Monday, April 01, 2013

The Chicago Dining World Tour: Piquant Peruvian Food? Ay, Ay

Ay Ay Picante
4569 N. Elston, Chicago
773.427.4239 |

What I ate: Anticuchos (marinated beef hearts), Papas a la Diabla con Bistec (steak with "Devil" potatoes)

The first three months of my Chicago Dining World Tour have proven to be rather satisfying.

So far, across various Chicago neighborhoods, my hometown of Skokie and five other suburbs, I have visited and written about 14 restaurants representing different cuisines and cultures.

(You can scroll through all such stories here. I've eaten some cuisines--like Thai and Cuban--at multiple places, but only wrote about the first one.)

In doing so, I've spotlighted some places I've long enjoyed (Dixie Kitchen, Ruby of Siam, Kabul House, Jamaica Jerk), others that friends & family knew about but I didn't (Tango Sur, The Magic Jug, Tre Kronor) and a few that I only learned about via online research (Pusan, Sariling Atin, Taste of Cuba).

But one particularly enjoyable happenstance that has arisen from this undertaking is how much more acutely I notice ethnic restaurants of all varieties as I meander around Skokie, Chicago and the entire vicinity.

While Mykonos is a Greek restaurant in Niles I had long noted if never previously visited, Ay Ay Picante is purely a case of spotting an interesting restaurant, jotting it down in my iPhone notes and subsequently making a point of going there.

A few weeks back, my friend Ken and I had gone to Smoque, one of my favorite BBQ joints in the area. Though I probably could have written about it as an American or barbecue entry, it didn't seem exotic enough, but I highly recommend the Chopped Brisket sandwich.

Smoque is at 3800 N. Pulaski, which I think may be in the Old Irving Park neighborhood. At 4569 N. Elston, Ay Ay Picante is a place we noticed in opting for a more scenic route back to Skokie.

Part of why it stood out to me is because the only Peruvian restaurant I'd previously been aware of was Taste of Peru 6545 N. Clark St. I'd eaten there a couple times in years past--I believe I had Paella as my entree, at least once--and while I would've been happy to visit it again, it was nice to know of another option to explore on my Dining Tour.

Especially as Ay Ay Picante proved to be such a piquant choice.

In what appeared to be a well-appointed and lively neighborhood gathering place, Ken, I and another friend, Dave, were able to get a table without waiting at 7:00pm, but may have been out of luck if we came a bit later. Though a few tables turned over while we were there, most of the patrons seemed to be happily settled in for much of the evening.

And the menu was quite extensive; perhaps even a bit too much so. Inserted into the 6-panel regular menu were two more double-sided pages full of choices.

Especially in my attempt to learn more about numerous cuisines, I've become unbashful about asking waiters and waitresses for their recommendations, as well as to help me decipher certain menu options.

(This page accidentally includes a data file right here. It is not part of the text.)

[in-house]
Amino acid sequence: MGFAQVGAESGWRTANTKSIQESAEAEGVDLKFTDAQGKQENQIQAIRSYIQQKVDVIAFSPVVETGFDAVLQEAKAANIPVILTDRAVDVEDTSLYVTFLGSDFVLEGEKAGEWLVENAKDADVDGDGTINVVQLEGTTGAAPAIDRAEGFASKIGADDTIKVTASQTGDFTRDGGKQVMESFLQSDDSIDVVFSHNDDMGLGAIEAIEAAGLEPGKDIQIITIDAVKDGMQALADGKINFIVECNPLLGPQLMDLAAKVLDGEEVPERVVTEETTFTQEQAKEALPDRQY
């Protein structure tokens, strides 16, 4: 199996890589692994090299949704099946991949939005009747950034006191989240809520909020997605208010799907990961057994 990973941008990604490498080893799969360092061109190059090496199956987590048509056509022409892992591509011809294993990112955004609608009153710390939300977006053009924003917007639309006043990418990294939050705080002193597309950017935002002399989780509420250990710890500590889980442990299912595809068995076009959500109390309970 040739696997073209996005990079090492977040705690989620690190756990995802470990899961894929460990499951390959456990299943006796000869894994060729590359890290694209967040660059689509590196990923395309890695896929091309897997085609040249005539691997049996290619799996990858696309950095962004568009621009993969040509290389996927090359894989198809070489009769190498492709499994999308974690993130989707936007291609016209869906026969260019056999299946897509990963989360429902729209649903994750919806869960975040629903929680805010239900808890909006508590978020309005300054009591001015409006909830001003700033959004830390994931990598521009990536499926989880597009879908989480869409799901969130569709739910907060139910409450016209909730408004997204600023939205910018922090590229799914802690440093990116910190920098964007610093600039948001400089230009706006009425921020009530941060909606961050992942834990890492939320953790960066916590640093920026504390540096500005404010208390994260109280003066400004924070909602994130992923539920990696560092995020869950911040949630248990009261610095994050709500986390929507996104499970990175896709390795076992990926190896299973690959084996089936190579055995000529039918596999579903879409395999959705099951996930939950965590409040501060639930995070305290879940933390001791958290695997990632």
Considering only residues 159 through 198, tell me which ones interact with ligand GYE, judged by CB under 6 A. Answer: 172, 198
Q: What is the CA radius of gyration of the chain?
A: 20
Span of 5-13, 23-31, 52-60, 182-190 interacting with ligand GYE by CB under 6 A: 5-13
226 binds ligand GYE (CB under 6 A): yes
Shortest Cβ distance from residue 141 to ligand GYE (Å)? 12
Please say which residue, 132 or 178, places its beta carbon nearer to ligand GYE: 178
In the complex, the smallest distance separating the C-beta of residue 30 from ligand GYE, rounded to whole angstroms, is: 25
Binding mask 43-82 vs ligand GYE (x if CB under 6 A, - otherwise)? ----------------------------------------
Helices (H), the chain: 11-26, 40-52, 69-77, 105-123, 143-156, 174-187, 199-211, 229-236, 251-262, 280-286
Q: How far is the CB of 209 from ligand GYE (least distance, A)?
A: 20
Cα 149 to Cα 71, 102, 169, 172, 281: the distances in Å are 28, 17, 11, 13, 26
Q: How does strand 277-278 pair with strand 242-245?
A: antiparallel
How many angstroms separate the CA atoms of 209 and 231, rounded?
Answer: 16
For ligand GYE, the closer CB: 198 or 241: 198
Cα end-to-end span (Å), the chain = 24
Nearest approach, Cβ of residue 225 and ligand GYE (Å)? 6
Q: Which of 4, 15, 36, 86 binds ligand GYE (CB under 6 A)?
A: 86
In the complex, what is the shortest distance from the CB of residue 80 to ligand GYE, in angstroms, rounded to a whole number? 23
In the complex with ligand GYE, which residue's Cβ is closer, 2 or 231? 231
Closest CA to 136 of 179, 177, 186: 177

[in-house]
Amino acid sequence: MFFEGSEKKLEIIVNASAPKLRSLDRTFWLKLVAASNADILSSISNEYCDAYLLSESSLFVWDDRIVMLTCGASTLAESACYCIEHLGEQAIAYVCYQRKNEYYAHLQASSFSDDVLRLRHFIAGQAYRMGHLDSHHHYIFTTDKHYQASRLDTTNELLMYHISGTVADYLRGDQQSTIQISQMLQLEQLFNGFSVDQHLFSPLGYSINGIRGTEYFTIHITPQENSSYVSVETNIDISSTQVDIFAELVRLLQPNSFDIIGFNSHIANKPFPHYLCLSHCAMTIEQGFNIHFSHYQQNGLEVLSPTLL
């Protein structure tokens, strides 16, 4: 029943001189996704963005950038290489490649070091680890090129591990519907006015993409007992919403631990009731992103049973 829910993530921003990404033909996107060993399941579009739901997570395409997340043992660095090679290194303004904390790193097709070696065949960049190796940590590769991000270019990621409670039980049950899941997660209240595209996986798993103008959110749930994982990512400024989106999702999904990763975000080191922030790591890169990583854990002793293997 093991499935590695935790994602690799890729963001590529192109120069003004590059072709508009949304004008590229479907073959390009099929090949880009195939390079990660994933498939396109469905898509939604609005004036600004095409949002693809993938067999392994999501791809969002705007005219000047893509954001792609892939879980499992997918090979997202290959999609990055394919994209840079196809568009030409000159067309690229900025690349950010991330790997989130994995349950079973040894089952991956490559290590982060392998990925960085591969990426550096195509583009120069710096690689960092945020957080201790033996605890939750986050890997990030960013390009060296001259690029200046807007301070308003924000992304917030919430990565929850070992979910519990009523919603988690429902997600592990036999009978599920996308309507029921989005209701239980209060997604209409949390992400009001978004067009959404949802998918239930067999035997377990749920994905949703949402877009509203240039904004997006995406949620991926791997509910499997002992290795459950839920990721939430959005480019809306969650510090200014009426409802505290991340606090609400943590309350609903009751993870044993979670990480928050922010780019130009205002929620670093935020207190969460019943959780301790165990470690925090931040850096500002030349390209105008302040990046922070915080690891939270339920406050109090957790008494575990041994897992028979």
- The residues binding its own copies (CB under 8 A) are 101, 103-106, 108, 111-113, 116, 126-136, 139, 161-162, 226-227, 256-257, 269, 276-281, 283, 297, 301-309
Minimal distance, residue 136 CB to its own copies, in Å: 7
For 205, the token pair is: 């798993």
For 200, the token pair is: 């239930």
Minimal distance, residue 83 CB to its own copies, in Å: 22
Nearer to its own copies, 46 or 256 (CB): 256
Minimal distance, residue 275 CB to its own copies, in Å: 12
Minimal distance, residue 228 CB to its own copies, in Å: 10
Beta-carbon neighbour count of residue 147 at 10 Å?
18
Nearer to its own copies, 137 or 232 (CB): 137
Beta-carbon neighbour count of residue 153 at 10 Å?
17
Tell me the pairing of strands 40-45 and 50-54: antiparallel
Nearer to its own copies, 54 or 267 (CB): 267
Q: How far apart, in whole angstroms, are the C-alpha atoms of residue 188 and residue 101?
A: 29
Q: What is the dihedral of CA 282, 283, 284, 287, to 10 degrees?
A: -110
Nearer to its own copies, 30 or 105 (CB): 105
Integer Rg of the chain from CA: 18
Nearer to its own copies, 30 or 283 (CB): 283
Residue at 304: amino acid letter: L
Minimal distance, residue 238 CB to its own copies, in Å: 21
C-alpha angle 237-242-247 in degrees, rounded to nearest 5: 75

Our waiter was rather helpful, including guiding me to dishes that were and weren't so authentically Peruvian. I changed my mind about 3-4 times before ordering and without his assistance, very well may have wound up with something not quite so pleasing.

Arriving first was a basket of delicious, hot-out-of-the-oven bread. It was accompanied by a green sauce called Aji whose exact ingredients I didn't quite catch (jalapenos, garlic and more). Whatever was in it, it was wonderful. It was great on the bread, but also later our steak. 

We started by ordering from the Appetizers (Piqueos, presumably Spanish, but perhaps not) section of the vast menu and with the waiter's advice selected Anticuchos, described as "Two skewers with marinated beef hearts with seared potatoes."

Yes, I was a bit squeamish about what eating a "heart" might mean, but what we got were two skewers of beef that looked roughly like any other and was absolutely tender and tasty. There were 6 pieces total, easy to split three ways, accompanied by one potato. Like our main courses, Dave, Ken and I heartily recommend the Anticuchos.

With credit to Dave for initially honing in on it from the plethora of menu choices, both he and I ordered Papas a la Diabla con Bistec, or "Grilled steak with steamed "Devil" potatoes served with Huancaina - cheese and yellow pepper sauce. Accompanied by white rice."

As you can see at right (or perhaps just above or below on a mobile device), this was essentially a large piece of thin steak, with a ball of rice. It was quite tasty, but while the Huancaina sauce was good, I preferred using more of the Aji.

As did Ken to accompany his Bistec Encenbollado, which was also a large piece of thin steak, but smothered in carmelized onions and sautéed tomatoes. Like Dave and I did with ours, Ken described his entree as "delicious."

Though we were game for dessert, two types of flan and a couple other puffy pastries didn't really sing to any of us, so after Ken enjoyed a cappuccino, we wound up going for ice cream at Margie's Candies.

Peru is, like the rest of South America, a country I have not been to, but would like to visit, especially to see Machu Picchu.

Although Ay Ay Picante wasn't my first taste of Peruvian food, it was an extremely enjoyable one. And until I get to Peru itself, discovering places like this in and around Chicago is proving to be an extremely appetizing "next best thing."

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